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Downtown Commission wants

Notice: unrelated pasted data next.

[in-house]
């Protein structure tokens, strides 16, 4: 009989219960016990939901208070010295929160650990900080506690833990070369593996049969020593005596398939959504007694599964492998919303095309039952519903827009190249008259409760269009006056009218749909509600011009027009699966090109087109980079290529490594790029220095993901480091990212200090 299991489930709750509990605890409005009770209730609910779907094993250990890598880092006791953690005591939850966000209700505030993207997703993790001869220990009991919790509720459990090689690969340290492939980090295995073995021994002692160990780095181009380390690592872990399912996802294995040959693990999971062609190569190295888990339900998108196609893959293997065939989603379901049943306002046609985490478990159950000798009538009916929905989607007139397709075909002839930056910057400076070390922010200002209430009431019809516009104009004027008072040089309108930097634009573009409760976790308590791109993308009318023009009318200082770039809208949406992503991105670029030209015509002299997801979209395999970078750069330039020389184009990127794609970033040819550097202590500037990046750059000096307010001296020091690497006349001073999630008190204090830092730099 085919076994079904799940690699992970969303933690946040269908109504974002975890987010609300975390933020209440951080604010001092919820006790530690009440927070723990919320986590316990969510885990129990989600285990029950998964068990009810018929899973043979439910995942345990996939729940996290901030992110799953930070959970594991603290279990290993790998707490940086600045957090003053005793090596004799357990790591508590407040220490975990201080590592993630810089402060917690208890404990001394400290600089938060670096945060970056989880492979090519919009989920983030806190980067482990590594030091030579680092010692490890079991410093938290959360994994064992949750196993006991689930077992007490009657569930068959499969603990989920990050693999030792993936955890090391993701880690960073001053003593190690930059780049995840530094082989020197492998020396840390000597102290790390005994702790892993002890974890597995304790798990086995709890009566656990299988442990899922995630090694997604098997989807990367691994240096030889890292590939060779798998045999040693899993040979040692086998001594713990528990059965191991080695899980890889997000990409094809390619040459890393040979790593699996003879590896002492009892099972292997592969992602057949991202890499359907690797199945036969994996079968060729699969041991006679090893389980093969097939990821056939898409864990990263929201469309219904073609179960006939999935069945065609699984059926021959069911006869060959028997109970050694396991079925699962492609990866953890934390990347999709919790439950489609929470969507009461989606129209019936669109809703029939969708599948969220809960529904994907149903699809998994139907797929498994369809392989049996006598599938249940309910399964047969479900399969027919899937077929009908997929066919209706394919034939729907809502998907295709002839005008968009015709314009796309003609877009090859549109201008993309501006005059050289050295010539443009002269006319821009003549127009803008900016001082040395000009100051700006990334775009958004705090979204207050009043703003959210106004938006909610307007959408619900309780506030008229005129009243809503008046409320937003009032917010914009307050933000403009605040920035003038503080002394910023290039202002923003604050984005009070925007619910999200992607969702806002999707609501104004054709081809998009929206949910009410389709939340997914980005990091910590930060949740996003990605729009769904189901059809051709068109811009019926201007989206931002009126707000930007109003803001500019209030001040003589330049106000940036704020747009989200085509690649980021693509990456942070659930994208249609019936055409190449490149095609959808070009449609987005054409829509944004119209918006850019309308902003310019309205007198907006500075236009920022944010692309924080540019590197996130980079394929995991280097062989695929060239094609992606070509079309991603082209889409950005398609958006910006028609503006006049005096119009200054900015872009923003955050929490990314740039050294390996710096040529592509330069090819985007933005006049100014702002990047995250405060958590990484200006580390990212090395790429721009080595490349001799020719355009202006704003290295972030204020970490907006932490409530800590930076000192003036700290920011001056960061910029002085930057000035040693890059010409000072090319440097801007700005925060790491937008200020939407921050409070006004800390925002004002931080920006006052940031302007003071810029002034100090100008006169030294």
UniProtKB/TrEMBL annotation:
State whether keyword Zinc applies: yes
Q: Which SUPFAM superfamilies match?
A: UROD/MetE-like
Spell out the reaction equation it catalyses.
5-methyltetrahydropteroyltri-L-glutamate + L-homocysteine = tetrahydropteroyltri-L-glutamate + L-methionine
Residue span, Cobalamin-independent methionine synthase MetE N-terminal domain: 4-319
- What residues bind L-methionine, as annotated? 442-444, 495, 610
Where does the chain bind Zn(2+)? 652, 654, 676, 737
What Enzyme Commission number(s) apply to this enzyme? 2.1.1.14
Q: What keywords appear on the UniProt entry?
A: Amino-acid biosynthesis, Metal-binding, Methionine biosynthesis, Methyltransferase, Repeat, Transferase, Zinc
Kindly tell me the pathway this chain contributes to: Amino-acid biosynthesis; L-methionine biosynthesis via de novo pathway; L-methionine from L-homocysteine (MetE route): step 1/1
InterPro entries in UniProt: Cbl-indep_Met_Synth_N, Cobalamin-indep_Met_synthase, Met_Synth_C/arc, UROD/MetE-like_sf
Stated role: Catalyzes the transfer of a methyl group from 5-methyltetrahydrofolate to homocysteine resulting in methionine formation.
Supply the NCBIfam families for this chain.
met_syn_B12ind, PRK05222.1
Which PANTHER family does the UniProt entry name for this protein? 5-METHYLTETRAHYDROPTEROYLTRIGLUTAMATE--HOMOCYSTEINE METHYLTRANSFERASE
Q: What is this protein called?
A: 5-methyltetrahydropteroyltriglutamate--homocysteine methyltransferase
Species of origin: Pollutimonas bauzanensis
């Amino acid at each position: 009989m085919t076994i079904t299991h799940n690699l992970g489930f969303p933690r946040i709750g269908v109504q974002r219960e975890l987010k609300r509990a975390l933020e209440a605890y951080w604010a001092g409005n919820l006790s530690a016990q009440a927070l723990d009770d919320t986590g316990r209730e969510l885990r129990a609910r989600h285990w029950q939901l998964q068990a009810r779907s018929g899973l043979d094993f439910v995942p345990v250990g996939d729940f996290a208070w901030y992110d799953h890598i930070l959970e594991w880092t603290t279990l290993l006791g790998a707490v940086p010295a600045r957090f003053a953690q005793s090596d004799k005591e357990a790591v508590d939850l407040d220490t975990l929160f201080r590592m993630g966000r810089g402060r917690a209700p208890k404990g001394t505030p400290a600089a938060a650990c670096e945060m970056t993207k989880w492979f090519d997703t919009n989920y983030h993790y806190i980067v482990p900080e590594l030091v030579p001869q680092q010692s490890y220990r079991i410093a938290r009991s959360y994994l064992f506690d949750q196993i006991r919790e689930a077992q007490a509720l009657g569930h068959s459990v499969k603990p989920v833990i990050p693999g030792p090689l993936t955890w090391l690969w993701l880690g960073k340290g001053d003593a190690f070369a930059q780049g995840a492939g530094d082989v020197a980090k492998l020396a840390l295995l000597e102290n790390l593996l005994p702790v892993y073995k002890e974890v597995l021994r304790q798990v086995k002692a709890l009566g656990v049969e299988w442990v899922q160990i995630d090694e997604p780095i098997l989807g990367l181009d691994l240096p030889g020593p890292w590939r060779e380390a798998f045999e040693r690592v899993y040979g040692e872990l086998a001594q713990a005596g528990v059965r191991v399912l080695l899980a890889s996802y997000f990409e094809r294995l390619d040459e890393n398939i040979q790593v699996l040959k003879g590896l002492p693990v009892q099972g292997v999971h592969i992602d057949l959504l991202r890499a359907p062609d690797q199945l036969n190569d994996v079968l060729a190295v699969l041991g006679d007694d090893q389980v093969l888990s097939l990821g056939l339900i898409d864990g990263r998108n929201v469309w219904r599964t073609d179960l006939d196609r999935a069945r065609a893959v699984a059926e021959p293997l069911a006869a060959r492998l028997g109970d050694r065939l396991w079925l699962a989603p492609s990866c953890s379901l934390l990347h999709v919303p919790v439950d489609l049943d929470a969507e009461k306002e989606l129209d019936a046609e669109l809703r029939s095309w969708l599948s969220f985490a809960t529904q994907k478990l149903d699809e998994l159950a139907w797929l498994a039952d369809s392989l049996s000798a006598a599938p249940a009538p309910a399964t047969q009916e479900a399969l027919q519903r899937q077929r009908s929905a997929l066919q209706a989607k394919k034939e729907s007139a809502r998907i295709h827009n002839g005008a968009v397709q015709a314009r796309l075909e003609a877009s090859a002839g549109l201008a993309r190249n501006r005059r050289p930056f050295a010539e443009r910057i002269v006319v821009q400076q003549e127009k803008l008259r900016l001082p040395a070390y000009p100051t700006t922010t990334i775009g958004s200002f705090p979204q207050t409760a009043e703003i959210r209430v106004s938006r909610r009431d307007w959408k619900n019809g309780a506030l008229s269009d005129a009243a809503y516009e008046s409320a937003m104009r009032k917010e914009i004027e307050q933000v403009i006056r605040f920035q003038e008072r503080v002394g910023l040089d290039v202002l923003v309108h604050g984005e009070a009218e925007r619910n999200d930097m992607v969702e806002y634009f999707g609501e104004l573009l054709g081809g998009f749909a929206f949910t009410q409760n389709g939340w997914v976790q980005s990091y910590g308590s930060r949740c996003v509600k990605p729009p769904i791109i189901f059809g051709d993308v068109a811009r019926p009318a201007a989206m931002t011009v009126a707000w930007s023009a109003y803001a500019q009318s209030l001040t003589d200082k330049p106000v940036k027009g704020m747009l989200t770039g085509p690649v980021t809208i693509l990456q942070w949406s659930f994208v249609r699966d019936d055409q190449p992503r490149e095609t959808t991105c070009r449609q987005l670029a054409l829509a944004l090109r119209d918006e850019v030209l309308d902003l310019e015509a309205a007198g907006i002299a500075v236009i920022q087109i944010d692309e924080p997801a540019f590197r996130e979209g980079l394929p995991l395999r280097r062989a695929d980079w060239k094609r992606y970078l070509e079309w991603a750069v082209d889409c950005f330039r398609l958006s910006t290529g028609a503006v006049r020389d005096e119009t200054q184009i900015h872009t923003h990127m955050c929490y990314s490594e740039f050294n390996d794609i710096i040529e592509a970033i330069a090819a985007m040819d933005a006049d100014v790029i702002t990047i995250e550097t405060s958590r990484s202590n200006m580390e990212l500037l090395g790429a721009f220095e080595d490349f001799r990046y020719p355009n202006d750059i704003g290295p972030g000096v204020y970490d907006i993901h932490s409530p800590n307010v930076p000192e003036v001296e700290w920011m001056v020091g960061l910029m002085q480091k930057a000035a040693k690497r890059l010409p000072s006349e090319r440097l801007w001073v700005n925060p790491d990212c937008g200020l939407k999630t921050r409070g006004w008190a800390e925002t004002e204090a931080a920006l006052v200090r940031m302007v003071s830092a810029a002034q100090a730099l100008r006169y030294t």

Parking lot regulation enforcedRetail recommended for Four Seasons condos garage The Downtown Commission last night voted not to recommend a variance for a parking garage attached to a proposed 28-story condominium tower. Maritz Wolff & Co., owner of the Four Seasons Hotel in Austin, has announced plans to build a 129-unit luxury condominium tower with an adjacent parking garage on the acre-and-a-half lot next door. It will be called the Residences at the Four Seasons. To fulfill the design plans, however, the developer has asked for a variance from a land-use code requirement for a garage to have a “separation from adjacent street by pedestrian-oriented uses.” The Four Seasons has no such buffer between the parking garage and Trinity Street. Armed with drawings of the condominium project—which, at 380 feet, will be as tall as 98 San Jacinto—vice president Art Carpenter of Maritz Wolff & Co. presented the variance request to commissioners. His disagreement with the commission came down to different interpretations of “pedestrian-oriented uses.” For commissioners, it translates into retail storefront space on the street level of every new parking garage. For Carpenter, it means public art displayed on the exterior of the ground-level parking garage, along with a sidewalk down to Town Lake. The small strip of land down to Town Lake is much more suitable for an enhanced hike-and-bike trail than additional retail, Carpenter said. “What is pedestrian-oriented use?” Carpenter queried the commissioners. “Is it reasonable that only active use qualifies? If we were actually to bring retail into this (garage) space, about 40 parking spots would be lost.” For this reason Carpenter proposed his compromise of public art. He pointed out that the project's high-visibility frontage on Cesar Chavez would be a natural spot for four small shops, including a much-requested hair salon for Four Seasons guests. The side facing the Four Seasons will provide access to a new meeting space in the residential tower. The Trinity Street frontage is little more than a cul-de-sac that has served and will continue to serve as a loading area for local businesses, Carpenter said. The Residences at the Four Seasons could share it with the proposed Vignette project. The two businesses will probably place their dumpsters there. It will not be high-traffic frontage suitable for retail, Carpenter said. Commissioner Chris Riley argued the land-use guidelines were sound and the city ought to start consistently enforcing its ordinance on garage design. Riley said he strongly opposed the variance. “This facility could be a huge benefit to the neighborhood,” Riley said. “Right now it's a dark, unused area, but if you had some pedestrian activity, it could work. This is not a viable space.” Riley said people were uprooted and 88 homes were demolished to create the Austin Convention Center. Part of the rationale, said Riley, was that the convention center would stimulate new activity downtown. “This is right across the street from the Convention Center,” Riley said. “If you're not going to have activity here, where are you going to have activity generated by the Convention Center?” Commissioner Stan Haas was more inclined to see the economics of Carpenter's viewpoint. The ideal would be to place retail at the base of every building, Haas said, but forcing retail on Trinity Street as it currently stands might be forcing empty retail space on the developer. Chair Robert Knight argued that the space did not have to be retail. The developer might consider a sculpture garden or park benches. Commissioner Bruce Willenzik suggested a bicycle rental shop or even a coffee shop. “I understand your concern about (losing) the parking, but I hate to see that (potential retail space) wasted,” Willenzik said. Knight told Carpenter he understood the quandary of the developer, trying to grapple with the day-to-day economics of his project. The commission had faced the same argument with the Hilton's proposal on the Convention Center Hotel. The commission had strongly opposed the Hilton's approach to Red River Street. “Our problem is that our mission is different from yours,” Knight said. “Your mission is to determine what today's market will bring you in disposable income. Our mission is to plan for the future… If you have a parking garage that has no flexibility, it's literally set in stone for the next 50 years.” Willenzik and Commissioner Jean Mather favored Riley's viewpoint in the end, voting down the variance. Haas and Commissioner Linda Johnston favored it. Knight and Commissioner Perry Lorenz, who own property nearby, chose to abstain. Riley wanted to take the vote a step further by voting to state a firm opposition to the variance, rather than simply failing to recommend it, but that motion failed by the same 3-2-2 margin. Maritz, Wolff & Co. intends to break ground on the Residences at the Four Seasons in the first quarter of next year, Carpenter said. After the presentation, Carpenter said he might postpone asking the Planning Commission for the variance. Mather, who opposed the variance, is the Planning Commission’s representative on the Downtown Commission. One Travis County precinct Voted on another's ballot Free and fair elections aren't necessarily flawless Travis County Clerk Dana DeBeauvoir, the woman whose job includes overseeing all county elections, stayed at Palmer Auditorium two hours after ballots were counted Wednesday morning, trying to figure out what happened in Precinct 216. What she found was that voters at the Northwest Elementary School, 14014 Thermal Drive, had voted on ballots intended for Precinct 351. The glitch occurred, she explained, because there are 229 ballot formats in Travis County. Those formats differentiate between precincts and are called stock codes. What DeBeauvoir discovered is that the code for Pct. 351 is 216. Somehow, “Pct 216 got the stock (or ballots) for Pct. 351,” she said. Precinct 351 voters cast their ballots at Central Market South, 4477 S. Lamar, far from the Northwest Elementary School, and in a different state representative’s district. Voters in northwest Austin re-elected Republican Rep. Terry Keel to the District 47 seat, while voters in west and southwest Austin elected Democrat Ann Kitchen, who will take over the District 48 seat from retiring Rep. Sherri Greenberg. Both Keel and Kitchen won with considerable margins over their opponents. DeBeauvoir said that about 880 people voted in Precinct 216, but only about half of them ever registered opinions on the representative and constable races because “there was significant downballot dropoff.” The clerk said the election judge for Precinct 216 noticed the discrepancy, but when she called the county to ask for information, she was connected with an inexperienced temporary worker. That worker assured the judge that everything was fine, apparently not understanding the significance of the judge’s questions. DeBeauvoir reiterates that the mix-up made no difference in the outcome of any race. “Democracy is not a ballot. It’s not about people not making mistakes. It’s about free and fair elections,” DeBeauvoir says. Travis County’s largest election ever drew nearly 315,000 voters, the clerk said. ©2000 In Fact News, Inc. All rights reserved. The latest on Sand Beach . . . Council Member Beverly Griffith and environmental activist Mary Arnold said Wednesday there are new proposals for settling the dispute between the city and Lumbermen’s Investment Corp. (LIC) over the small piece of parkland known as the Sand Beach Reserve. Griffith’s and her executive assistant, Jeff Jack, showed a new drawing of their plan to split the 2.2 acres, giving LIC property outside the Capitol View Corridor, allowing for taller buildings. Arnold said the city’s attorney, Casey Dobson, had given her the most recent settlement proposal. She said it was an improvement over previous proposals, but she still plans to ask the City Council to study the proposal for at least another week before settling the case . . . Don’t hurry . . . The City Council will begin its regular meeting today at 10:30 a.m. at the Lower Colorado River Authority Building. The Council will meet at 9 a.m. to review candidate resumes for the position of City Auditor, for which we can expect a lengthy executive session . . . New neighborhood bar? . . The old Tree House bar at the corner of Dawson and Barton Springs Road has been a sad and empty building surrounded by weeds for years. Now there are plans to replace the structure with a “neighborhood speakeasy.” Residents of the Bouldin Creek Neighborhood have been invited to meet with architects next week to discuss the property’s future . . . Aquifer district meeting. . . Members of the Barton Springs Edwards Aquifer District Board of Directors will meet at 9 a.m. today. Board President Craig Smith said the group cannot discuss the Longhorn Pipeline because the matter is not posted. He said the board will discuss that item at its next meeting, Nov. 16 . . . Jail switch . . . Sheriff Margo Frasier predicts that the new Central Booking facility will open in mid-January . . . Honoring our fathers . . . Friday is a city holiday in honor of Veteran’s Day, which will be celebrated Saturday with a parade beginning at 9 a.m. at the Congress Avenue Bridge. The City of Austin and Travis County are sponsoring a ceremony at the Capitol, which will include flyovers by the Confederate Airforce and Blackhawk helicopters, the traditional ringing of bells, and wreaths placed in honor of the Unknown Soldier. For more information, call Travis County Veterans Affairs at 473-9340. Congress will be closed between Barton Springs Road and Cesar Chavez Street from 9 a.m. until noon. In Fact Daily will also take Friday off . . . Airport Advisory Board shuffle . . . Council Member Beverly Griffith, one of the sponsors of an ordinance which would effectively remove all current members of the city’s Airport Advisory Board in January, said Wednesday, “We need to talk more with the board, as well as the staff about how the board should be configured,” © 2000 In Fact News, Inc. All rights reserved.